The Gauteng division of the High Court has agreed that goods bought on credit also fall under the Consumer Protection Act (CPA) after a car dealer took the decision of the National Consumer Tribunal on review.
A consumer bought a BMW M5 for R 586 956, 52 from a dealer, who said the car is in good condition and that the salesperson would not sell him a car that is not. After the addition of the initiation fee, additional charges, value-added products and Value Added Tax, the financing company approved an amount of R705 9791, 87 so that he could also settle the outstanding amounts on the cars he traded in.
The M5 still had a motor plan and the consumer also bought an Extended Mechanical Protection Plan and Service Plan. The consumer complained to the dealer that he experienced several problems with the car and that the engine failed within four months. The car was taken for repairs every time, but the repairs failed to fix the defects or new defects were discovered.
The last time the car broke down, it was booked in to fix oil leaks and the quotation to fix the car came to R509 078,46. By then the consumer already complained to the Motor Industry Ombudsman of South Africa (MIOSA), but MIOSA could not resolve the dispute.
BMW SA was willing to contribute R253 295 towards the repairs of the vehicle and the extended warranty would pay R55 000, while the dealer first offered to pay R50 000 and then R100 000 as a gesture of goodwill.
This meant the consumer was left with the remaining amount of R100 782 to pay towards the repairs.
ALSO READ: Your rights when buying a car at an auction
The consumer refuses to pay for repairs
However, the consumer refused to pay the balance of R100 782 required to settle the remainder of the quotation for the repairs. The complaint was then referred to the National Consumer Commission (NCC), which referred it to the NCT after investigating.
The dealer submitted that the consumer directed his complaint to the wrong party, but the NCT disagreed, as his complaint is about the quality of goods he bought from the dealer, not the repairs that were done.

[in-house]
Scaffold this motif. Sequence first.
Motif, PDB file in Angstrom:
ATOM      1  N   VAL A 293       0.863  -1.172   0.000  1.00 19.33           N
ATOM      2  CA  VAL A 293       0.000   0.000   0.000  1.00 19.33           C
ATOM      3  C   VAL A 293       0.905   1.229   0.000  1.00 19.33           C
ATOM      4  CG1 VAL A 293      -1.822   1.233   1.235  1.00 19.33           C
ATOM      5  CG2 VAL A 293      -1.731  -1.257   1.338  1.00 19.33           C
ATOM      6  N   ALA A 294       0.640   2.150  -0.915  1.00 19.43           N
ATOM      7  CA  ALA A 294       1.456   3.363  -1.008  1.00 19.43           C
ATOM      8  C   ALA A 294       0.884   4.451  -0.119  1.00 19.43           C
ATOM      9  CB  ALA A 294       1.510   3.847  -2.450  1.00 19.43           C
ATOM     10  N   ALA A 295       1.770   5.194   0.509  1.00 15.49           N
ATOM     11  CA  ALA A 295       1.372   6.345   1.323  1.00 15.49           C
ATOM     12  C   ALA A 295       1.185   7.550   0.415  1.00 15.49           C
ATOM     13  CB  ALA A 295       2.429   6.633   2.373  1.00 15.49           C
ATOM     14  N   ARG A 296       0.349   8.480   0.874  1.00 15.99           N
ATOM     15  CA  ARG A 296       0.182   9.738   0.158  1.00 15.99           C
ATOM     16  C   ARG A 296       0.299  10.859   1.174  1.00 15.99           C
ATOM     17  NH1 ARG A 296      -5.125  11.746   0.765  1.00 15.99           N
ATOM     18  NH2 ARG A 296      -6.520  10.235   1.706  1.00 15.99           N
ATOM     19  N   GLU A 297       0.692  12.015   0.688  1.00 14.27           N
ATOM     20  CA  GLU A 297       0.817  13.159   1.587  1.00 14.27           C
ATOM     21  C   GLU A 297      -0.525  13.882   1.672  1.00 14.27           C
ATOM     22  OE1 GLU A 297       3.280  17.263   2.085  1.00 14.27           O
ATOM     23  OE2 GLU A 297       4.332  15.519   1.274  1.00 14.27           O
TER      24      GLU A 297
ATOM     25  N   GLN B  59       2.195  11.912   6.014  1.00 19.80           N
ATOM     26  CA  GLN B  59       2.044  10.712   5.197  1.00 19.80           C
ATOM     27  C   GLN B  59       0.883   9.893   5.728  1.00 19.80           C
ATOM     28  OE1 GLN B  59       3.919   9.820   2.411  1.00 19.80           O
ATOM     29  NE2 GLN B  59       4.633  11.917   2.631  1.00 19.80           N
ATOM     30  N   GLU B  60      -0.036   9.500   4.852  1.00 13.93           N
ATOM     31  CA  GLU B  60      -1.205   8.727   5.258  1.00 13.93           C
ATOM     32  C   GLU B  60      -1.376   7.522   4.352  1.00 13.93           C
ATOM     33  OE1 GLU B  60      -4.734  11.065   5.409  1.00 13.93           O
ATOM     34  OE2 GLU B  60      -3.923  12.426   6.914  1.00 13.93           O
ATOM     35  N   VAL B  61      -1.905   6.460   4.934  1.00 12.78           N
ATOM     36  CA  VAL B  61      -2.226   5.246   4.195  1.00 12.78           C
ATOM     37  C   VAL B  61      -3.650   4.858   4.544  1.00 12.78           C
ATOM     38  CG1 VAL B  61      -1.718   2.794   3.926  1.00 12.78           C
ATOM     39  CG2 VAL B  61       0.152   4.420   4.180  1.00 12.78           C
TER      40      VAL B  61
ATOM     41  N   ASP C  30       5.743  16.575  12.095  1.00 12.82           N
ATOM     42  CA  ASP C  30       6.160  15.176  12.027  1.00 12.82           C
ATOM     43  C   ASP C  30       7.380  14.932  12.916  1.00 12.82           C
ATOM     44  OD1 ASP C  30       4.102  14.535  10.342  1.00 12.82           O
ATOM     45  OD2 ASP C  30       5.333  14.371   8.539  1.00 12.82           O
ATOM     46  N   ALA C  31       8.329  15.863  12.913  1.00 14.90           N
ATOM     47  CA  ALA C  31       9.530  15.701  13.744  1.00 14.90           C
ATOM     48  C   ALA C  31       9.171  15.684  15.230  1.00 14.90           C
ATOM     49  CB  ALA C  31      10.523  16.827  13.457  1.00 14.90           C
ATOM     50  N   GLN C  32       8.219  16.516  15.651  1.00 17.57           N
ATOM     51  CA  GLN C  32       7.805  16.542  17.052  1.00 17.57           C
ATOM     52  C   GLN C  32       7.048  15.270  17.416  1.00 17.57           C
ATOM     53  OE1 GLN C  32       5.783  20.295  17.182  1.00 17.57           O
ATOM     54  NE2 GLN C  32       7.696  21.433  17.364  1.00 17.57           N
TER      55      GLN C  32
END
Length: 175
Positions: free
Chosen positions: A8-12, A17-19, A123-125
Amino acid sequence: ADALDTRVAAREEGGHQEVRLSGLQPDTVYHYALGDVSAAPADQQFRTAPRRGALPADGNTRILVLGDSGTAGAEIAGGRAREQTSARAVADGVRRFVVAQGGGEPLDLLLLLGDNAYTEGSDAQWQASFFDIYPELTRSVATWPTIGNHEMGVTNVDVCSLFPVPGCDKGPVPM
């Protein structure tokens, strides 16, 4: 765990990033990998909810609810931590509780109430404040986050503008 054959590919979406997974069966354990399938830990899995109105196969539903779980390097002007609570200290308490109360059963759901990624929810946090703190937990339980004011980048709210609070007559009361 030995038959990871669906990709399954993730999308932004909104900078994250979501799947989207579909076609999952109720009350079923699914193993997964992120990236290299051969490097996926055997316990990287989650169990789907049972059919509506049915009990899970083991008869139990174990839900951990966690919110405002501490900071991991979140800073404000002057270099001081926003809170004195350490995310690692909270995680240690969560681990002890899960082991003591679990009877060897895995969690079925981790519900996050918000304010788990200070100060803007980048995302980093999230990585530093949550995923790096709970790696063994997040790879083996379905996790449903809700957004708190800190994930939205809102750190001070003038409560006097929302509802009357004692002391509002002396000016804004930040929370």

The NCT also said when repairs fail, whether the supplier of the goods or a third party did the repairs, the consumer can return the goods and the supplier is obligated to refund the consumers the price he or she paid.
In addition, the NCT also pointed out that although Section 5(2)(d) provides that the CPA does not apply to any transaction that constitutes a credit agreement under the National Credit Act, it also states that the goods or services that are the subject of the credit agreement are not excluded. Therefore, the CPA does apply to goods or services bought under a credit agreement.
The NCT found that the dealer contravened Sections 55(2)(c) and 56(3) of the CPA and declared it prohibited conduct, ordering that the dealer refunds the purchase of R679 500 to the consumer. In addition, the NCT imposed an administrative fine of R50 000 on the dealer.
Safe goods of good quality – also on credit
According to Section 55(2)(c) a supplier must supply safe goods of good quality, that will be useable and durable for a reasonable time when used in a normal way. Section 56(3) provides that the supplier must replace the goods or refund the consumer the price paid for the goods.
The dealer then took the matter on review to the High Court, citing that the NCT did not have any jurisdiction to decide on the matter because the consumer entered into an agreement with a financial institution and not the dealer, which means that the transaction was a credit agreement and not a consumer protection-related matter and, therefore, excluded from the CPA.
The High Court dismissed the appeal with costs but set aside the order of the NCT and replaced it with a statement that the dealer contravened Sections 55(2)(c) and 56(3) of the CPA and that the dealer is interdicted from engaging in this prohibited conduct.
In addition, the dealer must refund the consumer an amount of R679 500 and pay an administrative fine of R50 000.